Here’s a piece I wrote for the Adventist Health System Careers Blog. In this blog, I list some strategies for being a better learner.
by Hap Aziz
I developed this brief tutorial to help people get up and running in Inklewriter fairly quickly. (If you’re not already familiar with it, Inklewriter is a web-based authoring tool that lets you create Choose Your Own text adventure games. It can be used for many purposes, especially prototyping simulations based on branching choices.
Inklewriter is a web-based software that is used to create Interactive Fiction in the Choose Your Own Adventure (CYOA) format. Interactive Fiction (IF) is a type of computer game that lets the player read a story and make choices that can change the direction and outcome of the story. Using Inklewriter for education purposes, abstracted (text-only) simulations may be created for a variety of learning assignments.
Because IF games are mainly text-based, IF games were among the first kind ever written for computers. CYOA games are a type of IF that give the player specific choices at the end of each section These types of games are also a form of branching scenarios. The player chooses what he or she would like to do, and the branching scenario moves forward based on the player’s selections. Although no longer at the height of their original popularity, CYOA branching scenarios are still quite engaging, and they can be used on their own, or they may be developed as proof-of-concepts for more graphically-intensive simulation.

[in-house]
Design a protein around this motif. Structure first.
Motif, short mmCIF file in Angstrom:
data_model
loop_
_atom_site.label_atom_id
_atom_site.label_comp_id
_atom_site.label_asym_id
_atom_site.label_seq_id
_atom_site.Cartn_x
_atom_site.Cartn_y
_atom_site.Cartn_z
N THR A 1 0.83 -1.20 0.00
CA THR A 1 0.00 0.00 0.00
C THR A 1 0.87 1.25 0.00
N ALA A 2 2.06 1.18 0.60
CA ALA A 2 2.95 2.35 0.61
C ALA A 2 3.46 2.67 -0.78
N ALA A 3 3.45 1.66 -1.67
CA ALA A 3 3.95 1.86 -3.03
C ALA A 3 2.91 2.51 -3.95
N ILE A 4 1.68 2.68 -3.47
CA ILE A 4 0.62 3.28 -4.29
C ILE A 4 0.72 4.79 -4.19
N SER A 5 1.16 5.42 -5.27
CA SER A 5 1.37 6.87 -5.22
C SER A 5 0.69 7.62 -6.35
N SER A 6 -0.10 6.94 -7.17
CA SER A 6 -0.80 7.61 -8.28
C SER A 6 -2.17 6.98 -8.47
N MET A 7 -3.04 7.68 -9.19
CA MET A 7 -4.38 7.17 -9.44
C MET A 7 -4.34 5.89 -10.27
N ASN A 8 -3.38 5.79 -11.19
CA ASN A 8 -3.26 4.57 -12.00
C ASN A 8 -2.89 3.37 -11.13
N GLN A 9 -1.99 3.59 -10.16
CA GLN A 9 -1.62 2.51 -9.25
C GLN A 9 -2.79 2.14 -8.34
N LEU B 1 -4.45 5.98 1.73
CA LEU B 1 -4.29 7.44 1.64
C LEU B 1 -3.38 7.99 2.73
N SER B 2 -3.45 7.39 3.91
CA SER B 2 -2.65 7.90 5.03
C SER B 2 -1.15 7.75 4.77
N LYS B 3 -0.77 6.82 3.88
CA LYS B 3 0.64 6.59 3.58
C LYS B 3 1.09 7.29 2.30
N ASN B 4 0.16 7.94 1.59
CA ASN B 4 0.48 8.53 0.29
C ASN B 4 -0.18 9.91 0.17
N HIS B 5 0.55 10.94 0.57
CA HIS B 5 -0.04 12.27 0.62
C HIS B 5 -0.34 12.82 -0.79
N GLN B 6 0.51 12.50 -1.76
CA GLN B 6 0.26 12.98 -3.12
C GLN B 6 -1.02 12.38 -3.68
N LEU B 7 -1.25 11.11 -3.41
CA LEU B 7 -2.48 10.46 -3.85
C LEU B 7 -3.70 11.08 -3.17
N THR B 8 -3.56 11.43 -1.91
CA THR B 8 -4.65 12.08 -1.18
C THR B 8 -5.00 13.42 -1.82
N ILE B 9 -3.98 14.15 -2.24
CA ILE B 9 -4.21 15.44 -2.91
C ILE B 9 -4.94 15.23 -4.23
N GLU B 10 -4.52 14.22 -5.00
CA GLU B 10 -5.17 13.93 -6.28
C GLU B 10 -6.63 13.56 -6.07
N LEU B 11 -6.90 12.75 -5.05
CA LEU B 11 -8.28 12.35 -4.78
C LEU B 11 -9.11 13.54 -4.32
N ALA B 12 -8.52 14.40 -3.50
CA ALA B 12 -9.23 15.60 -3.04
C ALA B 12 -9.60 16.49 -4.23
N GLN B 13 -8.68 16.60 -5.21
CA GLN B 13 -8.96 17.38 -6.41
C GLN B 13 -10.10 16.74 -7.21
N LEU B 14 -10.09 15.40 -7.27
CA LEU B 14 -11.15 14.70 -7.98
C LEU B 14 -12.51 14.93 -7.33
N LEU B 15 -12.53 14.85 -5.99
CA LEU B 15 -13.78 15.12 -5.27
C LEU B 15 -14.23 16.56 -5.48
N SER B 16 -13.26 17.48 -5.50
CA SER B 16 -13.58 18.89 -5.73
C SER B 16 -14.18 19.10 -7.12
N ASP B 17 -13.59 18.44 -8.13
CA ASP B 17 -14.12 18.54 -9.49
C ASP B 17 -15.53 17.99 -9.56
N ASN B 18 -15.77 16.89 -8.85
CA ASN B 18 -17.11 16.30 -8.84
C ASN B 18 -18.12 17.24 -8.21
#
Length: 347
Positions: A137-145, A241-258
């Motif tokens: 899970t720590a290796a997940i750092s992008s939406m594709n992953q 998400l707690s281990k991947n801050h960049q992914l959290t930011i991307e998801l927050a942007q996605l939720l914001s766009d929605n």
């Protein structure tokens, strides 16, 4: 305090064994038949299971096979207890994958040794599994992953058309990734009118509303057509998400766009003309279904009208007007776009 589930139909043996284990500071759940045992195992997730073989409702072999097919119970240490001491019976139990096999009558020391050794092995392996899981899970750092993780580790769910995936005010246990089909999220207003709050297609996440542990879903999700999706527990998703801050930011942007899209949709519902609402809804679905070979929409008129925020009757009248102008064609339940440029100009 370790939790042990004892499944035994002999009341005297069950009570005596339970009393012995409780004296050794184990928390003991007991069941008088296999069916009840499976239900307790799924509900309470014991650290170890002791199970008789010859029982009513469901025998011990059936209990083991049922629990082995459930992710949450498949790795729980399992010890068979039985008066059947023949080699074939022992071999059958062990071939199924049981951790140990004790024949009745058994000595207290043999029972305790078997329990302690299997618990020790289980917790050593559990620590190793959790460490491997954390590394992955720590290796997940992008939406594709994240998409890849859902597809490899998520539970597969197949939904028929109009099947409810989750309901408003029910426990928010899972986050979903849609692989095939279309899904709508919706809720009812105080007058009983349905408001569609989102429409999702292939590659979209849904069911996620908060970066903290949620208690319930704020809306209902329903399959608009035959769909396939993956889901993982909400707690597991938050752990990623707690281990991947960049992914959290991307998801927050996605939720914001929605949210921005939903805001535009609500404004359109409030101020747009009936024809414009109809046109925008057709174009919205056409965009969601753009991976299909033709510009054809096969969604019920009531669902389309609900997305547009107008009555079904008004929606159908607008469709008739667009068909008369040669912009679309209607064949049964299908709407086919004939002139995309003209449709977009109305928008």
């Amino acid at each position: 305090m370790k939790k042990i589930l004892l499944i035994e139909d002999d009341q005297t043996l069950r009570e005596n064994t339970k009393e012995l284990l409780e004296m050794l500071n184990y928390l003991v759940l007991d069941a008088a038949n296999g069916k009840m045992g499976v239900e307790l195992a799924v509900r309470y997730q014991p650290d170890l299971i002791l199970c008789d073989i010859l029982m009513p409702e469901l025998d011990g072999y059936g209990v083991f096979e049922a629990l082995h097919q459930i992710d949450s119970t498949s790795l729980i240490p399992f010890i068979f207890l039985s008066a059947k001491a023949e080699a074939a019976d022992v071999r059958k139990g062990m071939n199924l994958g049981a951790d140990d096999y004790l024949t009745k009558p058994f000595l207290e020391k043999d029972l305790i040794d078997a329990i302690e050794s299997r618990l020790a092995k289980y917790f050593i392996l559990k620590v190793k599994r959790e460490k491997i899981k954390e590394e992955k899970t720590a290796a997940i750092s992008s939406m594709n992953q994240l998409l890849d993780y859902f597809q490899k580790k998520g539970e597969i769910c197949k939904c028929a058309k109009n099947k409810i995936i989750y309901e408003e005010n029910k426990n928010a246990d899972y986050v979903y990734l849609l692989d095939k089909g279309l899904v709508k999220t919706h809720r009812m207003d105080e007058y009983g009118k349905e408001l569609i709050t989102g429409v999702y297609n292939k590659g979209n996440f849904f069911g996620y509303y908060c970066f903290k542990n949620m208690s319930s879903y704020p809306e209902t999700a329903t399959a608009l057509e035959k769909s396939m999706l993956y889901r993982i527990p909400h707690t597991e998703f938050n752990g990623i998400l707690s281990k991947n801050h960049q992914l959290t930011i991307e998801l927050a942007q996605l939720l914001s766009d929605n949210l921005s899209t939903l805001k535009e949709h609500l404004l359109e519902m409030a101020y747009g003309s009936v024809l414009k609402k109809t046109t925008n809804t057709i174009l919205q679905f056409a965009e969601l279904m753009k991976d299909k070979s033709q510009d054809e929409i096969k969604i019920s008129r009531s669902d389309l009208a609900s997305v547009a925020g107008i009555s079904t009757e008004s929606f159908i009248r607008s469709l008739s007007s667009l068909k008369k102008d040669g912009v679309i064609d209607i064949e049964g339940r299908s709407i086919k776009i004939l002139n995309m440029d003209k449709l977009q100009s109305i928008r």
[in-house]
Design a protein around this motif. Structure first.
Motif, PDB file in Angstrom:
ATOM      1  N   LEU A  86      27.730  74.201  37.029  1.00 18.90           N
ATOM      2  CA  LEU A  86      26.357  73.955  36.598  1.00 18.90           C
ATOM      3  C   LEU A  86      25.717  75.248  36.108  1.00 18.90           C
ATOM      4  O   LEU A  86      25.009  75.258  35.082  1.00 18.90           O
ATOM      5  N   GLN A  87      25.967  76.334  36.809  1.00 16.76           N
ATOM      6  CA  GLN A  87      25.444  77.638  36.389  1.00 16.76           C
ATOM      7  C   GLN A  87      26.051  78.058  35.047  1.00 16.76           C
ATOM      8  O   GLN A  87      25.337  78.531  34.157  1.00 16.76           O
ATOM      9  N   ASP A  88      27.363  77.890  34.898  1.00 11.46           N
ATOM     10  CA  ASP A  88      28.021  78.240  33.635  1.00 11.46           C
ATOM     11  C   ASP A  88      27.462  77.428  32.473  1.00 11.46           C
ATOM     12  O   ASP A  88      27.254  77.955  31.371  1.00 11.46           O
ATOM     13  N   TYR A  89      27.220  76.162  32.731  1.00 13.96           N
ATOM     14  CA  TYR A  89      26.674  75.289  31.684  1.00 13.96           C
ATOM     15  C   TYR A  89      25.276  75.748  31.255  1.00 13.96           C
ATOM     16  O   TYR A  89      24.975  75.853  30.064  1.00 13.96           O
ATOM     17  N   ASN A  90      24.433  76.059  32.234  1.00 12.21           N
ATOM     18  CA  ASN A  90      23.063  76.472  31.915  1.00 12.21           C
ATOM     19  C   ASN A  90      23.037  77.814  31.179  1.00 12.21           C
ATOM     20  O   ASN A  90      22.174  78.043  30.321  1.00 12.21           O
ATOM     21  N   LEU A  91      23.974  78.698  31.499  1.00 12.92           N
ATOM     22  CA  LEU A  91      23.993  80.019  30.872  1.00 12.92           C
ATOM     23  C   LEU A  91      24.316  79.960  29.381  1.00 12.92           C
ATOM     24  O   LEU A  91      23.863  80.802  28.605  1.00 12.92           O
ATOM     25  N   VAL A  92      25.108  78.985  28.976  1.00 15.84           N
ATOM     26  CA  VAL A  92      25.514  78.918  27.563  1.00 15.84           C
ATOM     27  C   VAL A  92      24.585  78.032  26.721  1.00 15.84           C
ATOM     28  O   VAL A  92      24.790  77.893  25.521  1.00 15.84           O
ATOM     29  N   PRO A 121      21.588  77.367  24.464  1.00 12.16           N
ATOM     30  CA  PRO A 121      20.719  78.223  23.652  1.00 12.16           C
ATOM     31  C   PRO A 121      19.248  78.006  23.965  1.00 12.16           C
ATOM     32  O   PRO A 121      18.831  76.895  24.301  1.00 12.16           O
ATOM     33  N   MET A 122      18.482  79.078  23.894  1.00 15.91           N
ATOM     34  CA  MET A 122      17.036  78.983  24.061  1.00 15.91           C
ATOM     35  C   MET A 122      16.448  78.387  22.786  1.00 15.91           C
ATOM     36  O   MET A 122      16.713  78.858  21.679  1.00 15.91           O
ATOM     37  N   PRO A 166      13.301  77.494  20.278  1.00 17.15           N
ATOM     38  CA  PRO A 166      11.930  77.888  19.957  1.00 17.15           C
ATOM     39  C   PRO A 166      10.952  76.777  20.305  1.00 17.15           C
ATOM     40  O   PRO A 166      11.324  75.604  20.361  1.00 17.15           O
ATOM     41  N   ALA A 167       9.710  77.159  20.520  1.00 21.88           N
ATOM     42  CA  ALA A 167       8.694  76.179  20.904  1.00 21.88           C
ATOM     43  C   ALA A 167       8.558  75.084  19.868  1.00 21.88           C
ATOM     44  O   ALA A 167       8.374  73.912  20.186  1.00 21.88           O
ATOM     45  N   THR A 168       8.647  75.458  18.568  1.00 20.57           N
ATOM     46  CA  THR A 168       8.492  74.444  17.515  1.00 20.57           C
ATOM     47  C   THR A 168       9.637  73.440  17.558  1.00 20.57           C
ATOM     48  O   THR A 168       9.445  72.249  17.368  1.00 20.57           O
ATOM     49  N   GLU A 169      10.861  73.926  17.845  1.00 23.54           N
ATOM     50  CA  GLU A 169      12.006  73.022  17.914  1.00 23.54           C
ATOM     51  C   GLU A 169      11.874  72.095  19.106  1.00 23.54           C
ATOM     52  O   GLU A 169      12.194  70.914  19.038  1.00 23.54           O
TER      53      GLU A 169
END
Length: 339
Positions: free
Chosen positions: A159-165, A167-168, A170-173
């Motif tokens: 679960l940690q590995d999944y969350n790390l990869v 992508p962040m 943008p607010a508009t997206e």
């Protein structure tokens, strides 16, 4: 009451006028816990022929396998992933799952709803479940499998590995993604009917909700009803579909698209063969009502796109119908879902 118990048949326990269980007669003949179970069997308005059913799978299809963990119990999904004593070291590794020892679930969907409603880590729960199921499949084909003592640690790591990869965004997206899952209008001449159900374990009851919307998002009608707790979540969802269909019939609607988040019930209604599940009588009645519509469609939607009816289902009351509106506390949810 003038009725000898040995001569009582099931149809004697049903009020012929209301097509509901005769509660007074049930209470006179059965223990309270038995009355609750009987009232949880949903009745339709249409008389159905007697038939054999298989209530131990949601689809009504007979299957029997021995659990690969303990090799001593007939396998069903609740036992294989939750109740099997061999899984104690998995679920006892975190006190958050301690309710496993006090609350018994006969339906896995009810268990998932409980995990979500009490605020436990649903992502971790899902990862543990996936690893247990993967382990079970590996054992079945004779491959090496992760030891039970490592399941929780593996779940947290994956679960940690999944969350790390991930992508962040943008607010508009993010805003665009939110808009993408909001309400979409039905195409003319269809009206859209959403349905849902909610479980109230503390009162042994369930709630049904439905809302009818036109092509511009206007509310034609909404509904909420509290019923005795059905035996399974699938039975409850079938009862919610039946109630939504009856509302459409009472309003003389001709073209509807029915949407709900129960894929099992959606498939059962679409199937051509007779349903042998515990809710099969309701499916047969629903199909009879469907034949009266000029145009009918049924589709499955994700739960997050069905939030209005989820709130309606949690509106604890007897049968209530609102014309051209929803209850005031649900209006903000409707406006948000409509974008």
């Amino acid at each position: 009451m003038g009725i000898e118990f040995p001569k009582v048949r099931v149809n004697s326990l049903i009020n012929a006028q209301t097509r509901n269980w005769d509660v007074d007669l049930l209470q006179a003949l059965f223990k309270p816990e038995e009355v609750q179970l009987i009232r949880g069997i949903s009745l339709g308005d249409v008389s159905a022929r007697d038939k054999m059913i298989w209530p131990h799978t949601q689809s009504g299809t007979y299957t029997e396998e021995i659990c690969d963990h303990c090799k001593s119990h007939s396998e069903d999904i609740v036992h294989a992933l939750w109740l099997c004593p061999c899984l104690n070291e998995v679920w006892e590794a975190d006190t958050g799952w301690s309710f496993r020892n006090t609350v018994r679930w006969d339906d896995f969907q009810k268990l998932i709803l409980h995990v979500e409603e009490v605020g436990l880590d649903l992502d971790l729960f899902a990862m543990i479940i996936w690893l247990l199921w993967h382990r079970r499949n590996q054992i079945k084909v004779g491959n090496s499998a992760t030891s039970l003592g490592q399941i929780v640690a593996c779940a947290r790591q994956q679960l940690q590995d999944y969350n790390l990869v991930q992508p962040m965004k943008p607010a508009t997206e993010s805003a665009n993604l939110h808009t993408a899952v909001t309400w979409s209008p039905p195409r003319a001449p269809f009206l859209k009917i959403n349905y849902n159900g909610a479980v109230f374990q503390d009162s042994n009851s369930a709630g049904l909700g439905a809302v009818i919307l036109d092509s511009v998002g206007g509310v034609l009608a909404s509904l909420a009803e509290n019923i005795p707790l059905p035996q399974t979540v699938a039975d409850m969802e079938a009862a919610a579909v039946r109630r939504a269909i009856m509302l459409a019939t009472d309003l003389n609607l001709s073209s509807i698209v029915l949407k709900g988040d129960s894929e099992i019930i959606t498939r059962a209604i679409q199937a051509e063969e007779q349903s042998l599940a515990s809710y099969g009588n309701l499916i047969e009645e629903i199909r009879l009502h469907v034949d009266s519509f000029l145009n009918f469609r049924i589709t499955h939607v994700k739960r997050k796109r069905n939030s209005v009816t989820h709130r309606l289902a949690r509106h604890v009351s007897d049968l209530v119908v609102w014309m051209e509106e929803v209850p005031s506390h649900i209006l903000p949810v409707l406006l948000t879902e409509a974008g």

There can be many different outcomes in an CYOA branching scenario, or the story can lead the player to a single ending. It is up to the creator to decide what the player is able to accomplish. To direct the player’s path through the scenario, the creator must develop a “map” of the story. The map is an outline of the story narrative along with the decisions a player is allowed to make and the places in the story that those decisions may be made. More instruction on this will be provided later in this document.
Inklewriter is freely available. To get to Inklewriter, all you need is a computer with access to the Internet using a standard web browser. You will go to the URL http://www.inklestudios.com/inklewriter/ and your screen should look something like this:
Click on the Start Writing button. When you do that, another tab will open up in your browser, and you will see this on your screen:
You will be able to create your own account by clicking the “sign in” button to get to the following screen.
Here, you will click on the Create New Account link.
Once you sign into your Inklewriter account, you will see the screen below.